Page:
Thursday morning on Facebook Live, Axios Founder Mike Allen interviewed Facebook's Sheryl Sandberg on Russian meddling in the 2016 election. Surprisingly, self-proclaimed liberal Sandberg ardently supported free speech online, and talked about the danger of censorship on platforms such as Twitter –– and how Facebook will not be following suit.
Facebook recently turned over Russia-related ads to the House intelligence committee, who will be releasing them to the general public. According to CNN, "Facebook told Congress last month it had sold roughly 3,000 ads to 470 Russian accounts tied to the Internet Research Agency, a Kremlin-linked troll farm ... the apparent goal of the ads was to amplify political discord" in the American electorate.
Many of Allen's questions revolved around Facebook's level of cooperation with Congress, but things got interesting when Allen asked: Had these ads come from real accounts, not fake accounts, would you have let them run?
"If they were run by legitimate people, we would let them run," answered Sandberg. "We spend a lot of time on what content we run on our platform," she continued. "We don't allow hate, we don't allow violence, we don't allow bullying –– and we work hard to get that stuff down ... But a lot of what we allow on Facebook is people expressing themselves ... that means you allow other people to say things that you don't like and go against your core beliefs –– and it's not just content, it's ads."
The conversation quickly turned to Rep. Marsha Blackburn, R-Tenn., whose Senate campaign launch ad was deemed inflammatory by Twitter and removed on Monday. By Tuesday, the platform put the video back up. The company had initially claimed they violated the site's terms of service, due to mention of Planned Parenthood's sale of "baby body parts." Sandberg noted that she fervently disagreed with Blackburn's politics, but that the question remained: Should divisive political ads run?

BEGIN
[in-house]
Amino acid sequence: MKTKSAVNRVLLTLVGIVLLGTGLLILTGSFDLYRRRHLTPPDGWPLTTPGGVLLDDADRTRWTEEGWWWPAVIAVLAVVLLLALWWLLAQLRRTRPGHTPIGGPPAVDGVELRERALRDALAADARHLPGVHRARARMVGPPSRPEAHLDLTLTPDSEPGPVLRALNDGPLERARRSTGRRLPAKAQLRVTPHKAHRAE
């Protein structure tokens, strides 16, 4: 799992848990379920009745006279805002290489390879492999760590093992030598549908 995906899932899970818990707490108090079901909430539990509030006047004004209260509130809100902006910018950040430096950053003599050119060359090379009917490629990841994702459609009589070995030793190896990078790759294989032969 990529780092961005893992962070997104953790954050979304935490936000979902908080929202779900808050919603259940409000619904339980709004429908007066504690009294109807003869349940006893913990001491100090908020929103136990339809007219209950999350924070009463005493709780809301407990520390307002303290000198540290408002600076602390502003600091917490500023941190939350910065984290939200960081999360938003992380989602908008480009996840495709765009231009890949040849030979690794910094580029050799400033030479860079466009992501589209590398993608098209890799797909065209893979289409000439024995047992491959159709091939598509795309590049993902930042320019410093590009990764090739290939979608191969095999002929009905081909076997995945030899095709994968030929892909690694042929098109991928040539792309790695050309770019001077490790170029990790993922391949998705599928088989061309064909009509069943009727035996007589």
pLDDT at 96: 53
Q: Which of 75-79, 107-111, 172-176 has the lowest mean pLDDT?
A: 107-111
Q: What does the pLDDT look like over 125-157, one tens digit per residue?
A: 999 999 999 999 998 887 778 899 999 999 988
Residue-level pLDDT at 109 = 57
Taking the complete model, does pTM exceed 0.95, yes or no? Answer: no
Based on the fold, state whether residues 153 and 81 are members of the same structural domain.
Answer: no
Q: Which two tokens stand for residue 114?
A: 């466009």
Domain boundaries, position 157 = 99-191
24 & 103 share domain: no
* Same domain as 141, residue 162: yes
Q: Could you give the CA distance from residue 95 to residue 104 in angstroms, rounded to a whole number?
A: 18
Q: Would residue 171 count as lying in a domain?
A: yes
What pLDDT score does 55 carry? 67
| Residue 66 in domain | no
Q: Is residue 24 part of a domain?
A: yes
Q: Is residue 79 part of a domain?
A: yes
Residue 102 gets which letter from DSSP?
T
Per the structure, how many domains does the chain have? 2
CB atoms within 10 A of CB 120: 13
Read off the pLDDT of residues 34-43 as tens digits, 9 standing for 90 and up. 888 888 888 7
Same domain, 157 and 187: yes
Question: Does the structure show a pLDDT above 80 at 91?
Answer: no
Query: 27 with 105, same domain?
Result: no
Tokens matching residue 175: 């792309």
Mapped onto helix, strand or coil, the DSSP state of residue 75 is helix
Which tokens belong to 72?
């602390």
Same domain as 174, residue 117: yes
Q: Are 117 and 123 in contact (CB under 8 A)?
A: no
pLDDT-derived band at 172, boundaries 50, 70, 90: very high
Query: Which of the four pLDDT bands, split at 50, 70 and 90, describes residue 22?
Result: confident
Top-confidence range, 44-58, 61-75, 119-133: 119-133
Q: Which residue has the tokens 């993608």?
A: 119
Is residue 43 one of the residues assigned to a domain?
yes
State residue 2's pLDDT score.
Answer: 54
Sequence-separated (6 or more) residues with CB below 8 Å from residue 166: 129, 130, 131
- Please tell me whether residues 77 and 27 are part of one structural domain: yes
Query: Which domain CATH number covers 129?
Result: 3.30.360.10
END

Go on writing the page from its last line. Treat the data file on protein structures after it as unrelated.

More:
"Our answer is yes, because when you cut off speech for one person, you cut off speech for all people," she said, echoing her earlier support for the First Amendment. "The responsibility of an open platform is to let people express themselves. We don't check the information people put on Facebook before they run, and I don't think anyone should want us to do that."
Sandberg is right, and she understands what thousands of college students around the country are blind to: The First Amendment protects the best and worst among us. Without it, we'd live in fear of censorship and ostracization. Our ability to publicly talk about divisive issues would be curtailed, and it would affect the vast majority of us, not just the fringe.
No entity, whether it be Congress or Facebook, should be given such expansive power to crack down on speech they don't like. And, as Sandberg says, we shouldn't want companies to have this power. In her defense of Blackburn, she exemplifies a liberal society: You can adamantly hate what someone is saying and still staunchly defend their right to say it.
Facebook could be choosing to crack down on content or ads in this storm of tough publicity. Instead, their top people are thoughtfully deliberating on the value of democracy, and how to continuously protect it.
Liz Wolfe (@lizzywol) is a contributor to the Washington Examiner's Beltway Confidential blog. She is managing editor at Young Voices.
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